A successful windbreak planting depends on proper establishment and care during the first few years after planting. Time spent preparing the site, controlling weeds, and replanting is repaid many times during the lifetime of the windbreak.

Each windbreak system is unique and your windbreak should be designed for your site and your objectives. Our office can provide help in designing and installing your windbreak. Just call us at 303 218-2622, or e-mail us.

Why do you want a windbreak?

Generally, the primary reason for rural landowners is to protect themselves from wind. By planting a windbreak, you create your own “wind shadow” on the downward side.

Here is a diagram showing the windbreak area of protection:

Note the 100 feet of windbreak that extends beyond the house and barn. This is necessary to reduce the effect of “wind eddies.”

This protected area extends to a distance of 15 to 20 times the height of the windbreaks tallest trees; the most effective area is about 10 times the height of the windbreak as illustrated in the diagram below.

Considerations for Tree Location
  • The reason for your planting
  • Location
  • Elevation
  • Slope and aspect
  • Soil type
  • Prevailing wind direction
  • Weed control methods
  • Septic systems
  • Irrigation needs
  • Snow drifting
  • Power lines
  • Planting size and shape
  • Species selection
  • Site preparation method
  • Underground utilities
  • Past land uses
Site Preparation

Fall is the best time to till for a windbreak. This will allow freeze/thaw action to break up large clods through the winter. Furthermore, the soil will mellow and store moisture received during the winter months. If you have sandy soil that could blow during the winter, wait until spring to prepare your site.

Four to eight foot wide strips per row is a good rule of thumb for planting trees.

It’s best to have five to seven rows of trees, but a minimum of three will give you protection. Take into account the space you have available, the species you have planned, and the purpose of the planting. Do not plant a windbreak on the north side closer than 100 feet to the house. For a southern and eastern exposure windbreaks, deciduous trees can be planted closer. End rows at least 20 feet from roads and driveways.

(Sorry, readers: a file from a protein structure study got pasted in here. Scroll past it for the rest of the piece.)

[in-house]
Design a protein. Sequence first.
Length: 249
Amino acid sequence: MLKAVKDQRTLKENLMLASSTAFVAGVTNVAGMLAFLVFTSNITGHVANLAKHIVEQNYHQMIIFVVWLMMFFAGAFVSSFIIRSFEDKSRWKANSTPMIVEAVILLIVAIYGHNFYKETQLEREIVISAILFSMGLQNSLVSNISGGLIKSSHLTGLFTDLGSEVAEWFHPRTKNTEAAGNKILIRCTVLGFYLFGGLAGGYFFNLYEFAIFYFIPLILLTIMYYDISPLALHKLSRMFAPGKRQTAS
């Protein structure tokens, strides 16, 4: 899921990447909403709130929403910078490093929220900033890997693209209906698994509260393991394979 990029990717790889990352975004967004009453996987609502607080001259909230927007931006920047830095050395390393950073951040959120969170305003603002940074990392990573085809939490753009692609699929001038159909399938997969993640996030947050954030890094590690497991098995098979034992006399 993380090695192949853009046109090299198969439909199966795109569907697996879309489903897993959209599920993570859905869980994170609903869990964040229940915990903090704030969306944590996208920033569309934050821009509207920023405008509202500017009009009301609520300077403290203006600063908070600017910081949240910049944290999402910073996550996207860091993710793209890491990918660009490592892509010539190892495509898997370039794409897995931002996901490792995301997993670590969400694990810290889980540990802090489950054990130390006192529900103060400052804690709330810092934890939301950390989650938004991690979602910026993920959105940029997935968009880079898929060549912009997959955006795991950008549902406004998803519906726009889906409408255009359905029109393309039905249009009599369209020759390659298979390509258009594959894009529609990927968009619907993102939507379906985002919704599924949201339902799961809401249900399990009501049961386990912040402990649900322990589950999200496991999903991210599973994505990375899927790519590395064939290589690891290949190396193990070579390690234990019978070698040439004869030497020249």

If you only have room for three rows, use Rocky Mountain Juniper and Ponderosa Pine. Use shrubs on the outside rows if you have at least three rows already. These shrubs help the snow to drop within the windbreak, providing winter water to your windbreak.

Make sure any windbreak is at least 50 feet away from any septic system.

Managing your Windbreak

Your goal is to maintain the health and vigor of individual trees and shrubs while maintaining the overall structure of the windbreak as an effective wind barrier. To accomplish this goal, several practices must be included in your management plan, such as:

  • weed control,
  • protection from large animals and rodents,
  • corrective pruning,
  • insect and disease control, and
  • proper chemical use in nearby fields and other areas
Snow Management

In areas of high winds and blowing snow, windbreaks can reduce the amount of effort spent on snow management. They can be designed to spread snow across a large area or to confine it to a relatively small storage area. The design of your windbreak will depend on your objective.

Field windbreaks designed to distribute snow evenly across a field should be tall and porous.

In contrast, windbreaks designed to capture snow and control drifting should have multiple rows with high density.

Ranch or Farmstead Windbreak

Well designed windbreaks can cut energy costs as much as 40%. A ranch or farmstead windbreak is often a woodland island among large expanses of agricultural crops.

Drag the green slider, below, to view the problems and solutions of one hypothetical rural site.
Windbreaks for Wildlife

Windbreaks on a farm or acreage can become a focal point for outdoor family activities. They provide aesthetic beauty to enhance the home or farm; a quiet setting for walks, bird watching, or overnight camp-outs together; a route for hayrides; and a place for hunting or wildlife educational activities. Memories in your windbreak will long outlast the evening’s television program.

Windbreaks can be given a more naturalistic look and still provide excellent wildlife habitat and wind protection.

An example of one possible layout
Additional Resources:
Windbreak Species and Planting Workshop
Windbreak Design Workshop